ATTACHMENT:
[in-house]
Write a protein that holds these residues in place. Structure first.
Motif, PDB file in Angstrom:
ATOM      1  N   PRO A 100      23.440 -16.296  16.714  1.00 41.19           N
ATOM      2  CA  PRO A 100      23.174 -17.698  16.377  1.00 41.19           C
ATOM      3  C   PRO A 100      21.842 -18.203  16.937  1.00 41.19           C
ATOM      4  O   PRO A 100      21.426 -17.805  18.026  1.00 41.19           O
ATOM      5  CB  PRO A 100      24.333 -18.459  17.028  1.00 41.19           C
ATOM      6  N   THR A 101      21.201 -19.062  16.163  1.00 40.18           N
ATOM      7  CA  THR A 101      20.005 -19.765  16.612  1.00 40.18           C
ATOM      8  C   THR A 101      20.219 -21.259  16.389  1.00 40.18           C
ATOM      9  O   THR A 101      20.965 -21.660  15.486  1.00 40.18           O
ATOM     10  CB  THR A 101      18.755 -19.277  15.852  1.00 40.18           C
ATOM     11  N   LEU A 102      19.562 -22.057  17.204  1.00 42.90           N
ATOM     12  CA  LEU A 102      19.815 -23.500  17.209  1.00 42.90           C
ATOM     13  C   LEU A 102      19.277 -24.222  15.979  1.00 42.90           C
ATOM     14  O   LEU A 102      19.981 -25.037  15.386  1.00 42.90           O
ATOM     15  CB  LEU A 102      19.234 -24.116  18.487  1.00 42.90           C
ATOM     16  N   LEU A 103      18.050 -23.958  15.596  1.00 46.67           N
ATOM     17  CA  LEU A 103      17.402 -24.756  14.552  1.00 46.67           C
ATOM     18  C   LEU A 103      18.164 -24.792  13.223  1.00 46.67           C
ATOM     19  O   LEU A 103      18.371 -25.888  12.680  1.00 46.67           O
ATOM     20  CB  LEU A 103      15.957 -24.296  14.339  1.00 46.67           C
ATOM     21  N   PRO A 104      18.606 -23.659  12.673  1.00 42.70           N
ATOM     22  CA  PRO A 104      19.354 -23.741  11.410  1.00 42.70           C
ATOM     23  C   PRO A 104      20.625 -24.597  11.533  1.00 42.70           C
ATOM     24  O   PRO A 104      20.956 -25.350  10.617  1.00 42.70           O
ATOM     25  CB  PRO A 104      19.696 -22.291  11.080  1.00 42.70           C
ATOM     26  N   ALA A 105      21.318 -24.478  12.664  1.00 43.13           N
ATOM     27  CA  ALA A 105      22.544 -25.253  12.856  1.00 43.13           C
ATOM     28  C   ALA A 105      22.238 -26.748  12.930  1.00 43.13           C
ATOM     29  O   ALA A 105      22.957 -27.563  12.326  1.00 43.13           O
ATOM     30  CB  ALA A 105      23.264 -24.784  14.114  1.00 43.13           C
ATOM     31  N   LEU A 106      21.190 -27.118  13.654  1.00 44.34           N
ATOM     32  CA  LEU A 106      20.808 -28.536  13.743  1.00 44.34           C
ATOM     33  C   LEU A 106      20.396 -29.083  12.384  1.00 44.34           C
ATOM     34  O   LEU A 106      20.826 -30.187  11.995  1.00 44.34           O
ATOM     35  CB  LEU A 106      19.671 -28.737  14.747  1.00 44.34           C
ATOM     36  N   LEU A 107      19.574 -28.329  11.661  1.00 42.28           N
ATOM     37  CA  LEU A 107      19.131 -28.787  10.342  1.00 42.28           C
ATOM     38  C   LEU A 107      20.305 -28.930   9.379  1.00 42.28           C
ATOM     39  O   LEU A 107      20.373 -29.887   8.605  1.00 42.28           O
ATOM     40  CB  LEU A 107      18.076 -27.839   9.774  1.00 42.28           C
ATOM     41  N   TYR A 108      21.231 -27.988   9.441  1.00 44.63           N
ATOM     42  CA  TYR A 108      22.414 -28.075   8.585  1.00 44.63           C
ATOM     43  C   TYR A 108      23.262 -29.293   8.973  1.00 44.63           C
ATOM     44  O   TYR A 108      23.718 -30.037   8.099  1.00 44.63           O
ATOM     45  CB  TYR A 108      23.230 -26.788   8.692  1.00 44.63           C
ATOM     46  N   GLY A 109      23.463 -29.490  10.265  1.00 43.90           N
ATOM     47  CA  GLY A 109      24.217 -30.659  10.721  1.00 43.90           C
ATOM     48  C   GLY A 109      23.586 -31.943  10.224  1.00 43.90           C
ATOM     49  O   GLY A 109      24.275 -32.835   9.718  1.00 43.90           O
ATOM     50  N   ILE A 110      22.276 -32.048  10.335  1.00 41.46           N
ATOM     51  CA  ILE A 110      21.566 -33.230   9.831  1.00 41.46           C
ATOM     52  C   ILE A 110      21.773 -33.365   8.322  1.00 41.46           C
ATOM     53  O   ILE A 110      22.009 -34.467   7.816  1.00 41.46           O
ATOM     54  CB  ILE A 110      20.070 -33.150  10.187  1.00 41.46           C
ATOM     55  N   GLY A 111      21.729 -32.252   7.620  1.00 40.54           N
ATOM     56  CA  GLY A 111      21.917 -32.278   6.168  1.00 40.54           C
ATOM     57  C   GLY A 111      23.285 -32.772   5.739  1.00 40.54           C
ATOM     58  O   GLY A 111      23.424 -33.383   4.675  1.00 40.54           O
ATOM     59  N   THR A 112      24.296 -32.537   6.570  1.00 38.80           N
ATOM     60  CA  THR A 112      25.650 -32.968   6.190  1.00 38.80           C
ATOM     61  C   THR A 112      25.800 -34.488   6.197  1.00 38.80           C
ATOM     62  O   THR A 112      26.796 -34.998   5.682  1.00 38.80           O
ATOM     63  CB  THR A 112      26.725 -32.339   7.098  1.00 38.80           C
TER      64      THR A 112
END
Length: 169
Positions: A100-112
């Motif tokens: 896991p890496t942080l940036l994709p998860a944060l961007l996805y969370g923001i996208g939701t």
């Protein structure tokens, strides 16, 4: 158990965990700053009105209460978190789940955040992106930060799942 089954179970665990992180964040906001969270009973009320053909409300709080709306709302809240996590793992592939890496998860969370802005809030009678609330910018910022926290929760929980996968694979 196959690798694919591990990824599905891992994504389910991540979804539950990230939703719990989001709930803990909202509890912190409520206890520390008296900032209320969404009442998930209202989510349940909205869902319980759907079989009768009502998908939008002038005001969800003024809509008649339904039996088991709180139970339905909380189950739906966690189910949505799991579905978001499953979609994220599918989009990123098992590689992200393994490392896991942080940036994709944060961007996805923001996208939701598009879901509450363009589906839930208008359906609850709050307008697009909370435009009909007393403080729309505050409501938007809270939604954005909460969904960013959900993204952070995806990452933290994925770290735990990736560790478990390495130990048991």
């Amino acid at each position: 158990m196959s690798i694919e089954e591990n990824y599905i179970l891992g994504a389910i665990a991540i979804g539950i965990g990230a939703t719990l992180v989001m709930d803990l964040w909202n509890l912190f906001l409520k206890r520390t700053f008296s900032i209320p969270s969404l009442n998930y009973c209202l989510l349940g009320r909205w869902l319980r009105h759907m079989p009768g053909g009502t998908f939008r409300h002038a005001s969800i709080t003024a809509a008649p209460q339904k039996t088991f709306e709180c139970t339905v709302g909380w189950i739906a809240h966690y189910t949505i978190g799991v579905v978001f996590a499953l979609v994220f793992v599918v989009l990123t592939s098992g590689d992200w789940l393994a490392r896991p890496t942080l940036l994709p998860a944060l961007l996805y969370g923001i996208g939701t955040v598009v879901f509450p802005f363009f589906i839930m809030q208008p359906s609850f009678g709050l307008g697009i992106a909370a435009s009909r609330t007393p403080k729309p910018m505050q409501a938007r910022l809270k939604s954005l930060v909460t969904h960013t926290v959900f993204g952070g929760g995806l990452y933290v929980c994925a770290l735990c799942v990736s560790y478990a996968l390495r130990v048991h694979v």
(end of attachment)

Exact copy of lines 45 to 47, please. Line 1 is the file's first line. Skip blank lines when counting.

ATOM     42  CA  TYR A 108      22.414 -28.075   8.585  1.00 44.63           C
ATOM     43  C   TYR A 108      23.262 -29.293   8.973  1.00 44.63           C
ATOM     44  O   TYR A 108      23.718 -30.037   8.099  1.00 44.63           O